The Orioles have three openings in their starting rotation. They're hoping Miguel Castro can fill one of them.
Castro, a cheerful 23-year-old right-hander, was one of the few pleasant surprises on the team's 2017 pitching staff. Acquired from the Colorado Rockies in April, the Orioles had hoped to keep Castro at Double-A Bowie, but after closer Zach Britton was injured and others were ineffective, his arm was needed at the major league level.
In 38 relief appearances, Castro logged 63 innings, fourth-most on the team, trailing only right-handers Mychal Givens, Brad Brach and left-hander Richard Bleier.
Castro compiled a 3.29 ERA in relief and impressed manager Buck Showalter with his endurance and his ability to bounce back quickly.
Nine of Castro's relief outings lasted more than two innings, and on Aug. 3, he backed up Chris Tillman and pitched six shutout innings, allowing just one hit.
After that appearance, Showalter began considering Castro as a starter. He had started in Toronto's minor league organization, but that was abandoned when the Blue Jays, who were taken by his lively arm, tried to make him their closer in 2015 at 20.
That experiment quickly ended, and Toronto sent him on to Colorado, who gave up on him at the start of last season.
Showalter started him in Tampa Bay Sept. 30, the season's next-to-last day, and Castro allowed three runs on six hits in 3.1 innings, inflating his season ERA to 3.53.
With Britton again out to start 2018, the Orioles have four relievers set: Bleier, Brach, Givens and sidearmer Darren O'Day. Castro could return to the bullpen as a long reliever, but with so many openings in the starting rotation, it makes sense to try him there.
"I think he's got the ability to do either," Showalter said. "I think he can relieve. I'm curious to see if he can do the other."
Castro was invited to minicamp in Sarasota, Fla., from Jan. 8-10 to confer with Showalter, pitching coach Roger McDowell and bullpen coach Alan Mills. He didn't throw during the three days.
Castro said he's ready to learn how to be a major league starter.
"Coming into spring training, I will work hard," Castro said through translator Ramon Martinez, the Orioles' special assignment pitching instructor. "It's a different role coming from a reliever to a starter. I have to prepare myself better physically and mentally."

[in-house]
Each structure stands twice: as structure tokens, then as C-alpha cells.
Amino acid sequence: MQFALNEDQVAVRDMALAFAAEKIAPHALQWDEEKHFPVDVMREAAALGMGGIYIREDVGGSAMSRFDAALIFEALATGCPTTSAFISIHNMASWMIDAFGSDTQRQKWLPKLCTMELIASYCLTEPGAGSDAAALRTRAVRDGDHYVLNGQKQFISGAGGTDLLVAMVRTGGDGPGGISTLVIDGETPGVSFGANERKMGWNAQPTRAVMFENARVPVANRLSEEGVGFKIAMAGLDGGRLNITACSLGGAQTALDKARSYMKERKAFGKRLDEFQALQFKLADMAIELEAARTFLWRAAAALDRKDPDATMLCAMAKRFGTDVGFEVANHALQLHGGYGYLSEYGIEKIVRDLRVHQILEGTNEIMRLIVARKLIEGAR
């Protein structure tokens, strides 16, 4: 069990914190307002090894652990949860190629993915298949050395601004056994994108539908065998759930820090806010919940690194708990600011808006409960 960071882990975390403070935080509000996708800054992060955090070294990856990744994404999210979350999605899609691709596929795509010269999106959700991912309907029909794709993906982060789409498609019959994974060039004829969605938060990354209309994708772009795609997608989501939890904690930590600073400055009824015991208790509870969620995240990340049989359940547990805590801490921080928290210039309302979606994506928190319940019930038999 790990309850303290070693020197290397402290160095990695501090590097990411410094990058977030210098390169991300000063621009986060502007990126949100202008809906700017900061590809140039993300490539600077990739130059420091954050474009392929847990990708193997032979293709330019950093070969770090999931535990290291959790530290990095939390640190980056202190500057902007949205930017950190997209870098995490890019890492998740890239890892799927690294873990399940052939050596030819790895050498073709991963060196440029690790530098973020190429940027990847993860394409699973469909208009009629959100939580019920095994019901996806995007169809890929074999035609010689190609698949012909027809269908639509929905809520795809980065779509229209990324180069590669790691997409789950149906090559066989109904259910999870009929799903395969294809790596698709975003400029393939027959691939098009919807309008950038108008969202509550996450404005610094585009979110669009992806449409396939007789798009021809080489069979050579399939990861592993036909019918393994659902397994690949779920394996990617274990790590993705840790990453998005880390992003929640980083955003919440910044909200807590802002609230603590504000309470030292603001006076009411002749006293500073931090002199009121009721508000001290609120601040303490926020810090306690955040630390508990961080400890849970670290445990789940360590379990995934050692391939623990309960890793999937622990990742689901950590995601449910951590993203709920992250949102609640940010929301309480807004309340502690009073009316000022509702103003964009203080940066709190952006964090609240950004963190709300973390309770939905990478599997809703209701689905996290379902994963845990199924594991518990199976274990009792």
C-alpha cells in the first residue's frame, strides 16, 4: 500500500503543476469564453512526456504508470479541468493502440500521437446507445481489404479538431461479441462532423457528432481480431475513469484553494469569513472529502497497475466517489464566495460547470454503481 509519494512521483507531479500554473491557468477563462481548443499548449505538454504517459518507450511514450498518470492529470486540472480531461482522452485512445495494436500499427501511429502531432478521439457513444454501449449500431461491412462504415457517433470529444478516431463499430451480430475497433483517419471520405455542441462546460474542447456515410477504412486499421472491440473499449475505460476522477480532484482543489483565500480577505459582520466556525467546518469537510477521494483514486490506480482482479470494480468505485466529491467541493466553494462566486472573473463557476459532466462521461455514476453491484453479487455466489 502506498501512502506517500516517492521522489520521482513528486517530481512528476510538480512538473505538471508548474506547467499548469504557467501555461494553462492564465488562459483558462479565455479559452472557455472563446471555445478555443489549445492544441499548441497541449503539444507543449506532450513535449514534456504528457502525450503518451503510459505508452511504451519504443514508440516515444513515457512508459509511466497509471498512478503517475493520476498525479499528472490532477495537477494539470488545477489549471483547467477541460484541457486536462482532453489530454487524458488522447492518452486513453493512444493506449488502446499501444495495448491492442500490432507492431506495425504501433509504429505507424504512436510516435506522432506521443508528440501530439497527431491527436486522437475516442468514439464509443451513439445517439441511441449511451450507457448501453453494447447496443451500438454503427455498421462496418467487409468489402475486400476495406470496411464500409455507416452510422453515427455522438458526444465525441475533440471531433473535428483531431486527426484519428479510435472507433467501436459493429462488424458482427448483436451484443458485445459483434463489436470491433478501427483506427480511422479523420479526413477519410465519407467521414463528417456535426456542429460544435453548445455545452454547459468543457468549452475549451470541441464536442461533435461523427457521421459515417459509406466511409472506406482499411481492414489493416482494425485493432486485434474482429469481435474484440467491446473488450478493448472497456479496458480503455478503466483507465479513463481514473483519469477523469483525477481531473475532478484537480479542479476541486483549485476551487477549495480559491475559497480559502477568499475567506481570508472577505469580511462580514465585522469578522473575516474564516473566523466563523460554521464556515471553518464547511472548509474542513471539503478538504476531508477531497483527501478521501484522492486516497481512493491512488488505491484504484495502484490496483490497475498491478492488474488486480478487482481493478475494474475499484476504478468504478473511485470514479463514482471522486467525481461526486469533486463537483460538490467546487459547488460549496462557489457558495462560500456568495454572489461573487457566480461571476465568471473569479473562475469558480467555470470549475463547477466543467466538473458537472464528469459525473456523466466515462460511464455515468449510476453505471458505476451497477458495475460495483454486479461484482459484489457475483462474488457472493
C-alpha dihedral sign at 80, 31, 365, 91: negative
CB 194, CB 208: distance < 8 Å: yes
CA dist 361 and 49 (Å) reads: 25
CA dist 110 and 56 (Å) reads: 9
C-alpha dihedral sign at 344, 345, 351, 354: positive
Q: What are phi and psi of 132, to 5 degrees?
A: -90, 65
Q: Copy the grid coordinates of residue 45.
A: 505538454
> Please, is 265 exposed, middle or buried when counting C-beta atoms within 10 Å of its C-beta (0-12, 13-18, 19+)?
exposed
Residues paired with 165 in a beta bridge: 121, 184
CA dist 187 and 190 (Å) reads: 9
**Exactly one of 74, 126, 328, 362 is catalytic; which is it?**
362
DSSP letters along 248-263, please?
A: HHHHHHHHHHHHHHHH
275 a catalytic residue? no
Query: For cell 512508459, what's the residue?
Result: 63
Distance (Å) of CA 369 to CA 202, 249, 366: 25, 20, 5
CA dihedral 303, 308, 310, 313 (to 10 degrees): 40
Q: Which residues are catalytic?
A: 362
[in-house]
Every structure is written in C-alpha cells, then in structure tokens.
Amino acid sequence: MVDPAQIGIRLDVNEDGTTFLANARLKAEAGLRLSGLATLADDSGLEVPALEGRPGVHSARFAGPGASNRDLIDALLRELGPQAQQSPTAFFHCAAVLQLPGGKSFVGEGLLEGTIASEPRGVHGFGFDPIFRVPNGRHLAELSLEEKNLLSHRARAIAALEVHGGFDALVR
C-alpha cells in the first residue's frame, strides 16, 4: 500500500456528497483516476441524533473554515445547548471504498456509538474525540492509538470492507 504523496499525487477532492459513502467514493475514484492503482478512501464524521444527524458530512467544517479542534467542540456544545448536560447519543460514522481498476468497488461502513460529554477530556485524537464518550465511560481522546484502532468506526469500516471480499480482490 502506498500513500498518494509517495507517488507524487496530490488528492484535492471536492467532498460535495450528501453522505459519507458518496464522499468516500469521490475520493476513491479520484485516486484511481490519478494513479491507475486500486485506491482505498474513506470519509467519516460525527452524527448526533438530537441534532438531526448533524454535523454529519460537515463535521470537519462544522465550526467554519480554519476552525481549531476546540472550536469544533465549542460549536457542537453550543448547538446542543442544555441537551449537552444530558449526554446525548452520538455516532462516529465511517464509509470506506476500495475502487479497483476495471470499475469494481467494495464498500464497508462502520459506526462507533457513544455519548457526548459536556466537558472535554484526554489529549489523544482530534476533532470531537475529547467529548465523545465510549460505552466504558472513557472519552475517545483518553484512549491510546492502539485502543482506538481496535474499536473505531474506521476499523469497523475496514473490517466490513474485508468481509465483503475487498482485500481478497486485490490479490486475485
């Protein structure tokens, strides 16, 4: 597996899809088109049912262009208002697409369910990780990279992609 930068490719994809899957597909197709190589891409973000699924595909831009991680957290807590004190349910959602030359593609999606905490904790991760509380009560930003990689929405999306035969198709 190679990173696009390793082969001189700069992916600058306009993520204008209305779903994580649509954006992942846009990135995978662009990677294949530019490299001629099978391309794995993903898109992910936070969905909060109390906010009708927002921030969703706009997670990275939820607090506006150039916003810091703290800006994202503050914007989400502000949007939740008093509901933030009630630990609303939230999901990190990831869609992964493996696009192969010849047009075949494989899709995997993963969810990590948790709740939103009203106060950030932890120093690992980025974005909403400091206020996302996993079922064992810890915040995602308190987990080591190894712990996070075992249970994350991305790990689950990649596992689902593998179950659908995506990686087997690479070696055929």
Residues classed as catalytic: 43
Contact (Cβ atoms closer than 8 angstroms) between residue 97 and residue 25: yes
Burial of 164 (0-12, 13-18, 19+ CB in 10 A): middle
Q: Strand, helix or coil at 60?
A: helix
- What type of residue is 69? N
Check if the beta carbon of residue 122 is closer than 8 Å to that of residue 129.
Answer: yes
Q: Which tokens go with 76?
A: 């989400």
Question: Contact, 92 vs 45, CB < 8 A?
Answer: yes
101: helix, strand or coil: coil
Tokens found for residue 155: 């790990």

Castro's major league workload was much more concentrated than those of the other relievers. He pitched just 12.1 innings in May and June, and 54 in July, August and September.
In 12 games in July, Castro had a 3.07 ERA, and in his 10 August games, it was just 1.50, but in his eight September games, it rose to 7.04, leaving the impression that he wore down.
"It didn't affect me," Castro said. "I took whatever role they gave me. I took advantage of the opportunity that I got last year. This year, I feel better prepared for that."
Castro allowed earned runs in his final six relief appearances in addition to the start.
"Physically, I was in good shape," he said. "I was working all the time. I was doing the things that I normally do, the preparation physical and mental."
Castro did much better pitching at home, pitching to a 2.37 ERA and allowing two home runs. On the road, he had a 5.08 ERA and gave up six home runs.
"I learned to be consistent, keep the ball down, especially at Camden Yards," Castro said.
Showalter will make the decision on where Castro will pitch in 2018, but it's a given that the Orioles view him as a starter.
"He's got some background in it," Showalter said. "He's had some extended outings, obviously with us. It's nothing that we can't do in the spring unless things drastically change with the makeup of our roster. I think he would probably start out trying to stretch out."\